>> I was wondering when this question was gonna crop up, all right, excellent question.

There is a third keyword that we can use to declare variables in JavaScript, and it is var. So var, I don't know, var title, let's say it could be document.title, and now, this works a lot like let. So for example, unlike const, if I do const h1 and do document query selector h1.

If I try to define this to something else now, we said with const, I can't do it, const can't be changed, let can, right like parents, what did I have combinedParentsAge, okay? CombinedParentsAge can be changed to whatever we want because we declared it with let. Const does not let us, var does or does not let us reassign the variable.

What do you think? It does, exactly. So I could do title equals whatever I want. So in some ways, var is similar to let, are they the same? No, what is the difference between them? I'm gonna put a pin in that, we're gonna talk about it tomorrow. So the difference between var and let, well, there's one difference is that var is older than let.

Let and const, are kind of new kids on the block, relatively speaking, they both came into JavaScript in a version of the language that was called Es6. Sorry, Es2015, Es stands for ECMAScript, this is a complicated JavaScript trivia, the standards body that says this is valid JavaScript. It captures that validity in a specification called ECMAScript, so we talk about versions of JavaScript with this ES nonsense.

So ES 2015 or ES6 introduced let and const as new ways of creating and assigning variables with new rules around them. The older way going back to 95, it was var. So you will still see var in code that you find around on the web. I am going to say just right now similarly to how I said don't use the double equals loosey goosey equality operator.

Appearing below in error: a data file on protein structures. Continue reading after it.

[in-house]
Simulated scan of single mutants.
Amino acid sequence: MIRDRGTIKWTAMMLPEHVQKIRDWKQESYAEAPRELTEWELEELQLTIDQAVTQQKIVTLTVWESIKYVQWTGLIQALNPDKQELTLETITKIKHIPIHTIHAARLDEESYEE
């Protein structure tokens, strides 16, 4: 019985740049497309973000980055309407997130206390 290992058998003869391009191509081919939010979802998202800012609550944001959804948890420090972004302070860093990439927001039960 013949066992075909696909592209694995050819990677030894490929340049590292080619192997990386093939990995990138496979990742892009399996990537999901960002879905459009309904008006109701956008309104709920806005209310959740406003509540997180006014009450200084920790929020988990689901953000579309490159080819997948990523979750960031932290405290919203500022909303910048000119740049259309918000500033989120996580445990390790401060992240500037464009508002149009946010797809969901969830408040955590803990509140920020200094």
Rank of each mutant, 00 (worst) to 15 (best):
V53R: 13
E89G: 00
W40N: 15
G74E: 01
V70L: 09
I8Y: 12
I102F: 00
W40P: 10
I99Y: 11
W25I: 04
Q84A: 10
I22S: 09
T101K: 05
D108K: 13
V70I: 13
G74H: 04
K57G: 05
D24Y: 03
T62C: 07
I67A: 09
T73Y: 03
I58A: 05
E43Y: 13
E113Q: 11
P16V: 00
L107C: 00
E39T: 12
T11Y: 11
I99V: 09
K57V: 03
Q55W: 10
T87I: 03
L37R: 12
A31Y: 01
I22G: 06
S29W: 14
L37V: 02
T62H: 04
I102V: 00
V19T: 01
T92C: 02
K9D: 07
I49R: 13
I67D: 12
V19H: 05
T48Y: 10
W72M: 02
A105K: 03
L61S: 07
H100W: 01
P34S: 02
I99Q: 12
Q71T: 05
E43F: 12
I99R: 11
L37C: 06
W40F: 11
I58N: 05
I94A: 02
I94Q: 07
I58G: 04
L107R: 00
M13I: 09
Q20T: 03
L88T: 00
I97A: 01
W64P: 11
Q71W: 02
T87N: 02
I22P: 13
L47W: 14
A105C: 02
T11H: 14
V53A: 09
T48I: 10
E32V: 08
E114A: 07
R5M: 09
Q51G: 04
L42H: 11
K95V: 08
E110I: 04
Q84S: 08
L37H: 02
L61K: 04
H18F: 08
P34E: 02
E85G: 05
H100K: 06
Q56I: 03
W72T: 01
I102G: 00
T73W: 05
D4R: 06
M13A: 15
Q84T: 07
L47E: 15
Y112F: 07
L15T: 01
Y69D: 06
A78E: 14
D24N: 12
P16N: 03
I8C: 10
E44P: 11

Generally, you're not gonna wanna use var, tomorrow, we're gonna talk about scope in JavaScript, and we're gonna talk about the difference in scope between var and let which is kind of its equivalent. Previously, there was no const type thing, all variables were read declarable. So I'm gonna put a pin in that, but I will say that in general, these days, almost always you're gonna want a let instead of a var.

Because let is more predictable, it's easier to predict what it's gonna do based on the scope rules of JavaScript, which we're gonna talk about later in the course. So, var is a thing, it is out there, it is a keyword, it works very similarly in many ways to let, not the same, try to avoid it.

[LAUGH] Is what I would say about var at this point. Great question.